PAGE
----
Oscar & Constance

Oscar Wilde’s “The Ballad of Reading Gaol” was published on this day in 1898, nine months after the author’s release from prison. Dedicated to a Royal Horse Guards trooper who, during Wilde’s term at Reading, was hanged for killing his wife, the poem is a plea against the death penalty. But the famous line “Yet each man kills the thing he loves” and passages such as the following have encouraged a more autobiographical reading:

…We saw the greasy hempen rope
Hooked to the blackened beam,
And heard the prayer the hangman’s snare
Strangled into a scream.
And all the woe that moved him so
That he gave that bitter cry,
And the wild regrets, and the bloody sweats,
None knew so well as I:
For he who lives more lives than one
More deaths than one must die.

In letters written about the time of the poem’s publication, Wilde makes clear that the lives he had dared to live had now dwindled to “ill-health, loneliness and general ennui with a tragic-comedy of an existence.” One component on the tragic side related to his own wife and children, with whom he hoped to reconcile. Constance wrote her husband a letter a week and clearly wished for some sort of new life together, but she suspected that Wilde was more interested in her money and in living with Lord Alfred Douglas. “Blown about by contrary winds,” Constance delayed her decision about reconciliation; then she died during surgery to correct spinal damage caused by a fall down the stairs.

About eighteen months before his own death, Wilde — now moving about Europe in search of company and handouts — visited his wife’s grave; the gravestone referred only to “Constance Holland,” Wilde now incognito as “Sebastian Melmoth.” “I was deeply affected,” he afterward wrote a friend, “with a sense, also, of the uselessness of all regrets. Nothing could have been otherwise, and Life is a very terrible thing.”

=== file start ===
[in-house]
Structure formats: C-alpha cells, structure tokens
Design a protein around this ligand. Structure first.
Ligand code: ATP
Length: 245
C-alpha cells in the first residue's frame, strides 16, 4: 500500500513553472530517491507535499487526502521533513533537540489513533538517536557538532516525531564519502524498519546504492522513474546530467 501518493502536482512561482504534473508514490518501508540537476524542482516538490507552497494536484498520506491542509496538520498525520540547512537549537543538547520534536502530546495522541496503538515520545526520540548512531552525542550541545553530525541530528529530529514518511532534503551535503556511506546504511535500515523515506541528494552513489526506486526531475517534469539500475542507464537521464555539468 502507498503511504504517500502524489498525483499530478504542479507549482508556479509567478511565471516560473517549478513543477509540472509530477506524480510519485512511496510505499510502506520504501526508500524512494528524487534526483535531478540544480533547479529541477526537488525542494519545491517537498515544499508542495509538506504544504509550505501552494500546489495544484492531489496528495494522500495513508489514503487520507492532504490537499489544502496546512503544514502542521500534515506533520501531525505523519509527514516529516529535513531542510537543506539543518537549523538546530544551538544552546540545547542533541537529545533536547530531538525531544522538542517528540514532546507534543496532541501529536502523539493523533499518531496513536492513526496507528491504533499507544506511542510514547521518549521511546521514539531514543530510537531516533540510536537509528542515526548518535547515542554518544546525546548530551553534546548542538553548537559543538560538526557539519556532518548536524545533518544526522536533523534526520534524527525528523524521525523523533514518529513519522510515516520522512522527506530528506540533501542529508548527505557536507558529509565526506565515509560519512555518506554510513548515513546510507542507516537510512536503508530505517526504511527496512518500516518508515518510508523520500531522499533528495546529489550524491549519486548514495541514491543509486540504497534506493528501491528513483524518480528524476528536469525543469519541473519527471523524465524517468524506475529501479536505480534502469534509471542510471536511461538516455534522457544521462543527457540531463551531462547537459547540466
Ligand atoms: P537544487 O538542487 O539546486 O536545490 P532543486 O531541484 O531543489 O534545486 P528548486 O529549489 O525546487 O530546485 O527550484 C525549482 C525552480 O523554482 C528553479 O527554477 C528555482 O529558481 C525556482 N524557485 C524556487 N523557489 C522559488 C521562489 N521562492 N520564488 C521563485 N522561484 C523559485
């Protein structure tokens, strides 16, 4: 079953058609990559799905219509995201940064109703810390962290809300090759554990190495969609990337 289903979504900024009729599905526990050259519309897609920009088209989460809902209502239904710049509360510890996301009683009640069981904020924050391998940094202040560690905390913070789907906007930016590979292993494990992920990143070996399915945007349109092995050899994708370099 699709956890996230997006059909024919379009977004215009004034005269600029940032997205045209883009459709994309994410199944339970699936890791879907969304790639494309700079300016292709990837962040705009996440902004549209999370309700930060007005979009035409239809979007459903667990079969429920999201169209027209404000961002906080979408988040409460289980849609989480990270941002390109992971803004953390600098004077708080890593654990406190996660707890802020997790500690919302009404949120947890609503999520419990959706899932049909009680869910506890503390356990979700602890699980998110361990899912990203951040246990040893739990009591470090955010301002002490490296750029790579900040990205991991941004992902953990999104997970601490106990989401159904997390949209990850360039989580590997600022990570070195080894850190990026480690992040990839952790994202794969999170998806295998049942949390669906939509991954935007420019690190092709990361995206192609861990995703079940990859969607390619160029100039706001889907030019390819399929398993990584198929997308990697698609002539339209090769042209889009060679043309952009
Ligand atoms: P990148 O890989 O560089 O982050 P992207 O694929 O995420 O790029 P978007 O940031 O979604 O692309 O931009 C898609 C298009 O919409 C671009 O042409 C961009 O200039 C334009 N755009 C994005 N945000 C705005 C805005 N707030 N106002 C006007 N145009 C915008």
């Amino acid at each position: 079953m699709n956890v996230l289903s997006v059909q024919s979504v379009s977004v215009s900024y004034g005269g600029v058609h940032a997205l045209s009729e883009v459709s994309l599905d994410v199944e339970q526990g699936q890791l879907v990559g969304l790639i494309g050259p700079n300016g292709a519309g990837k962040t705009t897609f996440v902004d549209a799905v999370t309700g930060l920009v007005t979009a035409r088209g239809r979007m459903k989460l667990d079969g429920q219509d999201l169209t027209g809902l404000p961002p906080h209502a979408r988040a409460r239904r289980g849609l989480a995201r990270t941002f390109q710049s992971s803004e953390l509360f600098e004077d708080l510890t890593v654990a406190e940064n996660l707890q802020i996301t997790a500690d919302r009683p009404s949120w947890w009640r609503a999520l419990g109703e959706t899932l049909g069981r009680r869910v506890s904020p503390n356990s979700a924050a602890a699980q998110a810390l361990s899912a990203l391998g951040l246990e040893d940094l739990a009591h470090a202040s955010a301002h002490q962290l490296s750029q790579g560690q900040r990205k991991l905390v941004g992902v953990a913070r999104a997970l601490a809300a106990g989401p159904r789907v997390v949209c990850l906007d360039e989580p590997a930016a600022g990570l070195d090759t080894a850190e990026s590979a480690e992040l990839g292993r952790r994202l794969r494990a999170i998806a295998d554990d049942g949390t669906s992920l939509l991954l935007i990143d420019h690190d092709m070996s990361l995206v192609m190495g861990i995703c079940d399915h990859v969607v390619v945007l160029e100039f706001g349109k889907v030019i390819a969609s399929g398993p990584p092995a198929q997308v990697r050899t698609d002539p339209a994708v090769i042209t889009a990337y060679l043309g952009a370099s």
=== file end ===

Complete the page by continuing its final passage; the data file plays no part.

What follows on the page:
In her biography Constance: The Tragic and Scandalous Life of Mrs. Oscar Wilde (2012) Franny Moyle cites, as evidence of “the deeply intimate nature of their mutual understanding,” Wilde’s 1886 poem to his wife, written two years into their marriage. The poem was inscribed on an early page in the guest book the couple used at their popular “House Beautiful”; it refers to their love as a fallen rose petal:

…And when the winds and winter harden
All the loveless land,
It will whisper of the garden,
You will understand.

Daybook is contributed by Steve King, who teaches in the English Department of Memorial University in St. John’s, Newfoundland. His literary daybook began as a radio series syndicated nationally in Canada. He can be found online at todayinliterature.com.